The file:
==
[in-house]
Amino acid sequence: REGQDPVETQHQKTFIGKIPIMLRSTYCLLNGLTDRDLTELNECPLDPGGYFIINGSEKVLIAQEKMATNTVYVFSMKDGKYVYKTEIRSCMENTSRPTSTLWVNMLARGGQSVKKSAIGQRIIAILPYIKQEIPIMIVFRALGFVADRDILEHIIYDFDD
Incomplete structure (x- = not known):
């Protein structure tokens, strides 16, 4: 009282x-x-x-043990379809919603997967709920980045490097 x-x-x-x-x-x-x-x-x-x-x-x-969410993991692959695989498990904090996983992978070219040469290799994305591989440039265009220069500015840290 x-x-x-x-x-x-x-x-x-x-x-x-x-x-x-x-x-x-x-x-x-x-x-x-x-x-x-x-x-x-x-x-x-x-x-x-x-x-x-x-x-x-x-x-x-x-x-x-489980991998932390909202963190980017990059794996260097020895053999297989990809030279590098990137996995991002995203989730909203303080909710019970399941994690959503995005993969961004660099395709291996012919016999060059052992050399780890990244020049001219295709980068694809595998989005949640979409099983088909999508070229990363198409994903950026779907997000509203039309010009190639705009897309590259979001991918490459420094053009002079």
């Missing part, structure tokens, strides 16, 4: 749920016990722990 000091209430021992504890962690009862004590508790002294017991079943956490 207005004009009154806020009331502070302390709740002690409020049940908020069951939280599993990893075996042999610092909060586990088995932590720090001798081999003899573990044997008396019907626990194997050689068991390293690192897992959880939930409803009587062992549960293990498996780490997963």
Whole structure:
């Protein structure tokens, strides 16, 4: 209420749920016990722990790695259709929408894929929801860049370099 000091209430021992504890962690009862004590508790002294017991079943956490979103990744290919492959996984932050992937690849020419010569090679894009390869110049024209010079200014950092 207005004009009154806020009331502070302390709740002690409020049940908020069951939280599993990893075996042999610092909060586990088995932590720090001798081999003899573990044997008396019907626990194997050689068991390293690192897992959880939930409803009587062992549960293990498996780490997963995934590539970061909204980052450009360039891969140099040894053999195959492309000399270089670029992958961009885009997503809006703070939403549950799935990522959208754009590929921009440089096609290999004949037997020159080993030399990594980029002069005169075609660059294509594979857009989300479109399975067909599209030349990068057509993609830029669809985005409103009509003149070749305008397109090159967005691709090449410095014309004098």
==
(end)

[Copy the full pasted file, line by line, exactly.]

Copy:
[in-house]
Amino acid sequence: REGQDPVETQHQKTFIGKIPIMLRSTYCLLNGLTDRDLTELNECPLDPGGYFIINGSEKVLIAQEKMATNTVYVFSMKDGKYVYKTEIRSCMENTSRPTSTLWVNMLARGGQSVKKSAIGQRIIAILPYIKQEIPIMIVFRALGFVADRDILEHIIYDFDD
Incomplete structure (x- = not known):
């Protein structure tokens, strides 16, 4: 009282x-x-x-043990379809919603997967709920980045490097 x-x-x-x-x-x-x-x-x-x-x-x-969410993991692959695989498990904090996983992978070219040469290799994305591989440039265009220069500015840290 x-x-x-x-x-x-x-x-x-x-x-x-x-x-x-x-x-x-x-x-x-x-x-x-x-x-x-x-x-x-x-x-x-x-x-x-x-x-x-x-x-x-x-x-x-x-x-x-489980991998932390909202963190980017990059794996260097020895053999297989990809030279590098990137996995991002995203989730909203303080909710019970399941994690959503995005993969961004660099395709291996012919016999060059052992050399780890990244020049001219295709980068694809595998989005949640979409099983088909999508070229990363198409994903950026779907997000509203039309010009190639705009897309590259979001991918490459420094053009002079």
């Missing part, structure tokens, strides 16, 4: 749920016990722990 000091209430021992504890962690009862004590508790002294017991079943956490 207005004009009154806020009331502070302390709740002690409020049940908020069951939280599993990893075996042999610092909060586990088995932590720090001798081999003899573990044997008396019907626990194997050689068991390293690192897992959880939930409803009587062992549960293990498996780490997963």
Whole structure:
């Protein structure tokens, strides 16, 4: 209420749920016990722990790695259709929408894929929801860049370099 000091209430021992504890962690009862004590508790002294017991079943956490979103990744290919492959996984932050992937690849020419010569090679894009390869110049024209010079200014950092 207005004009009154806020009331502070302390709740002690409020049940908020069951939280599993990893075996042999610092909060586990088995932590720090001798081999003899573990044997008396019907626990194997050689068991390293690192897992959880939930409803009587062992549960293990498996780490997963995934590539970061909204980052450009360039891969140099040894053999195959492309000399270089670029992958961009885009997503809006703070939403549950799935990522959208754009590929921009440089096609290999004949037997020159080993030399990594980029002069005169075609660059294509594979857009989300479109399975067909599209030349990068057509993609830029669809985005409103009509003149070749305008397109090159967005691709090449410095014309004098």